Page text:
Rosencrantz and Guildenstern Are Dead - Review
This play is based on an idea which is, quite simply, inspired. Take 2 minor characters from one of Shakespeare's best-known plays - Hamlet - and turn them into major characters who reflect on their existence, struggling to understand their place in a scenario which they know nothing about. One would think that idea more than sufficient to create a staggeringly funny play. But Tom Stoppard's dialogue - especially in the exchanges between the two main characters - RosenCrantz and Guildenstern - is, for the most part, tedious.
Apparently, director Trevor Nunn discovered the play among a pile of unproduced manuscripts early on in his career, but lack of funds meant he couldn't produce it as intended. Now, he has found the chance to tackle it in his season at the Haymarket and, for the most part, he's made a good job of it. Simon Higlett's design is bleak and morose being almost entirely black, apart from the arches which form the interior of the palace in Elsinore. So, it's left to Fotini Dimou's glorious costumes to inject some much-needed colour. Tim Mitchell's lighting also truly sparkles with a terrific starry sky right over the stage on the slatted ceiling. Steven Edis's music is delicately haunting, but seems inappropriate to capture the overall mood.
Rosencrantz and Guildenstern are, in a very real sense, half-developed characters and intentionally so. They are seeking their own personas as much as trying to understand the plot with which they have somehow become entwined. They can't even remember their own names most of the time, and though that is funny at first, it becomes waring. The two characters are well-contrasted with Jamie Parker's Guildenstern the more philosophical of the pair, but rather mechanical in his actions. Samuel Barnett's Rosencrantz is more practical, more of a worrier, more hysterical and more camp. Chris Andrew Mellon is a wonderfully roguish Player, leading the troupe of impoverished travelling actors who have fallen on hard times to the extent that they will consider doing absolutely anything for money.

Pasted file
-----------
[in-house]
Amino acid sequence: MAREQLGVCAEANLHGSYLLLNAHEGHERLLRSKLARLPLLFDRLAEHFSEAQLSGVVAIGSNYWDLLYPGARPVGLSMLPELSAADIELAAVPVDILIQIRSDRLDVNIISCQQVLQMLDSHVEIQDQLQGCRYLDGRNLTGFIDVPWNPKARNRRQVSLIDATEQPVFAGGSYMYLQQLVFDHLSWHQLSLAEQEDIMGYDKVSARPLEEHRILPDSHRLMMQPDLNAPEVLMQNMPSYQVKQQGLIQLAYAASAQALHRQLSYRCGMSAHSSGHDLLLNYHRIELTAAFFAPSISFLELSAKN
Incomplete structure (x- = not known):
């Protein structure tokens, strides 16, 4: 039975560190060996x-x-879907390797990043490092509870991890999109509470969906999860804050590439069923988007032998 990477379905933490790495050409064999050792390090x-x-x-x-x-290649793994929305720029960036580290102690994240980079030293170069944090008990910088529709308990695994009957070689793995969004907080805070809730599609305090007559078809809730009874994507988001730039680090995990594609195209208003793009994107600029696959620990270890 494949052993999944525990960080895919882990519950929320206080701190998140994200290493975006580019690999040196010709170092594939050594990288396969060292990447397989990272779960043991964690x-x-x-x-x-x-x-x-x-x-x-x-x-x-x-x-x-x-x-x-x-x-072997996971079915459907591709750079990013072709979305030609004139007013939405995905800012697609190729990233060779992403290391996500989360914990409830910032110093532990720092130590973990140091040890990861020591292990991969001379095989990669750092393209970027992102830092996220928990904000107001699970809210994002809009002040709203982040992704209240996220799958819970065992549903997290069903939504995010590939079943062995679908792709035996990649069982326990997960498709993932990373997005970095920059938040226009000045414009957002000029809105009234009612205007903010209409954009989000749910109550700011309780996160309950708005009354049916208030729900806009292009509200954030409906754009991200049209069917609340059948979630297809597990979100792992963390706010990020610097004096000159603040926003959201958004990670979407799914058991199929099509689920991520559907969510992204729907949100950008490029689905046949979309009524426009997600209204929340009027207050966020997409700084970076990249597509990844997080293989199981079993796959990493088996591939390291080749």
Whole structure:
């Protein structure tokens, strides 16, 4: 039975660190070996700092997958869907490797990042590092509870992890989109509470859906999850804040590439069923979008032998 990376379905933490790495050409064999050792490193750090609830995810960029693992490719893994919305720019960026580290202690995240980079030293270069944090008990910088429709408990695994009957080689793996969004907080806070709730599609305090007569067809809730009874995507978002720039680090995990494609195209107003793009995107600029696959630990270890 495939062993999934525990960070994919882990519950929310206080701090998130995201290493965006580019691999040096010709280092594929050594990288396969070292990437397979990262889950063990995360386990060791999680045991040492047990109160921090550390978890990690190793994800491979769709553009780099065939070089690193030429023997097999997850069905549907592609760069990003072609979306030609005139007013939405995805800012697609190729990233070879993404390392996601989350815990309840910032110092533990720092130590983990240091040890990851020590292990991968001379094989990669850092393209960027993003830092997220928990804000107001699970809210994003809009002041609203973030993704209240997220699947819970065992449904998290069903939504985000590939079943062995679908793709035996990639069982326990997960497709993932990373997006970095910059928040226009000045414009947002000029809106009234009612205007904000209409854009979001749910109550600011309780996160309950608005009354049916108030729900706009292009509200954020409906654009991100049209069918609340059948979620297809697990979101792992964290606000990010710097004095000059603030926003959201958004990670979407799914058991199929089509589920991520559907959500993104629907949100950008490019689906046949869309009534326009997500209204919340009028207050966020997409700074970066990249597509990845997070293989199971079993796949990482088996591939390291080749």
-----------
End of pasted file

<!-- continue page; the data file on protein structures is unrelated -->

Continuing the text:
Usually described as an absurdist, tragi-comedy, there's far too much of the cleverly-contrived absurd, and too little of the truly comic. The opening scene where we first meet the central characters involves endless coin tossing which rapidly becomes mind-numbingly tedious. Moreover, it sets the tone for the rest of the scenes between Rosencrantz and Guildenstern, which quickly instil dread. To be fair, things do look up in the second half when the pair find themselves embroiled in events in the Danish court, and there's little to carp about in the technical department or direction. But the huge promise embodied in the play's basic concept just never gets realised, leaving one with a deep sense of disappointment and a touch of bitterness.
"The play itself will be anathema to many. While lots of Stoppard's jokes still have bite, much of the humour that once struck audiences as dazzlingly original hasn't aged well...it is satisfyingly reflective, succeeding thanks to the appeal of the leads - an inspired casting choice. "
Henry Hitchings for Evening Standard
"It’s a great double act in Trevor Nunn’s spirited revival.
Michael Coveney for The Stage
The following are the reviews from the show's opening at Chichester a few weeks on 1 June 2011, before transferring to Haymarket...
"I reluctantly have to report, however, that the play no longer seems the exhilarating firecracker of old. The years have diminished it, and the piece now seems wearingly clever-clever and excessively in debt to Waiting for Godot...The jokes are often excellent...but after a while the endless display of wit becomes exhausting rather than enjoyable."
Charles Spencer for The Daily Telegraph
"Nunn's production not only gets to the play's emotional core, but also artfully distinguishes between the two leads. Samuel Barnett's outstanding Rosencrantz strikes an often hilarious note of panic and fluster in the face of uncertainty, while Jamie Parker's Guildenstern strives to maintain an air of Socratic stoicism."
Michael Billington for The Guardian
"Pretension is here in spades. Entertainment is not."
Quentin Letts for The Daily Mail